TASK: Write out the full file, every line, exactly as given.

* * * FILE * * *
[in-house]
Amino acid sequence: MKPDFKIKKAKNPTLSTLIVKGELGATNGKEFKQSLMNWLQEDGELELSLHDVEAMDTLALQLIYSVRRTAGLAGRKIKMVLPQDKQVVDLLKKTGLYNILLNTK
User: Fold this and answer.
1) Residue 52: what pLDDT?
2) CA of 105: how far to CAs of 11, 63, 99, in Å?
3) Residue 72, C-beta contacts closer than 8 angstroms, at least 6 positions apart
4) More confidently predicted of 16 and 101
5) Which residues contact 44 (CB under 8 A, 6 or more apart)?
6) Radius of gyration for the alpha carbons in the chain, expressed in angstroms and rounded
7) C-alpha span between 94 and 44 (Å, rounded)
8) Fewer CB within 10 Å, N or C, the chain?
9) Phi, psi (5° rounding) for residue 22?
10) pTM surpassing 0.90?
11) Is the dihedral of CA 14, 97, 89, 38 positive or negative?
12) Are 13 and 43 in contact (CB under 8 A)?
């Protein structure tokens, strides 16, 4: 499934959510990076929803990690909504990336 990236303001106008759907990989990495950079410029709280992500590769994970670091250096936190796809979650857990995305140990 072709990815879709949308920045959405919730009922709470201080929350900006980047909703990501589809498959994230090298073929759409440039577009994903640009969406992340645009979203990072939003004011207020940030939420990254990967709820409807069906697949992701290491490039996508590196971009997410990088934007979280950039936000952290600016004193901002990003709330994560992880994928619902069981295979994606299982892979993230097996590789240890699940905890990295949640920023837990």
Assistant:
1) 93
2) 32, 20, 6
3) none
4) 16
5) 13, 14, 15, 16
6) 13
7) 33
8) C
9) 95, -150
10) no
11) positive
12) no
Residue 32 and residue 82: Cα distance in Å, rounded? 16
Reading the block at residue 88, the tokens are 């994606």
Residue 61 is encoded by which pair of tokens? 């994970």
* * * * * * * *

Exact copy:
[in-house]
Amino acid sequence: MKPDFKIKKAKNPTLSTLIVKGELGATNGKEFKQSLMNWLQEDGELELSLHDVEAMDTLALQLIYSVRRTAGLAGRKIKMVLPQDKQVVDLLKKTGLYNILLNTK
User: Fold this and answer.
1) Residue 52: what pLDDT?
2) CA of 105: how far to CAs of 11, 63, 99, in Å?
3) Residue 72, C-beta contacts closer than 8 angstroms, at least 6 positions apart
4) More confidently predicted of 16 and 101
5) Which residues contact 44 (CB under 8 A, 6 or more apart)?
6) Radius of gyration for the alpha carbons in the chain, expressed in angstroms and rounded
7) C-alpha span between 94 and 44 (Å, rounded)
8) Fewer CB within 10 Å, N or C, the chain?
9) Phi, psi (5° rounding) for residue 22?
10) pTM surpassing 0.90?
11) Is the dihedral of CA 14, 97, 89, 38 positive or negative?
12) Are 13 and 43 in contact (CB under 8 A)?
């Protein structure tokens, strides 16, 4: 499934959510990076929803990690909504990336 990236303001106008759907990989990495950079410029709280992500590769994970670091250096936190796809979650857990995305140990 072709990815879709949308920045959405919730009922709470201080929350900006980047909703990501589809498959994230090298073929759409440039577009994903640009969406992340645009979203990072939003004011207020940030939420990254990967709820409807069906697949992701290491490039996508590196971009997410990088934007979280950039936000952290600016004193901002990003709330994560992880994928619902069981295979994606299982892979993230097996590789240890699940905890990295949640920023837990």
Assistant:
1) 93
2) 32, 20, 6
3) none
4) 16
5) 13, 14, 15, 16
6) 13
7) 33
8) C
9) 95, -150
10) no
11) positive
12) no
Residue 32 and residue 82: Cα distance in Å, rounded? 16
Reading the block at residue 88, the tokens are 């994606």
Residue 61 is encoded by which pair of tokens? 């994970």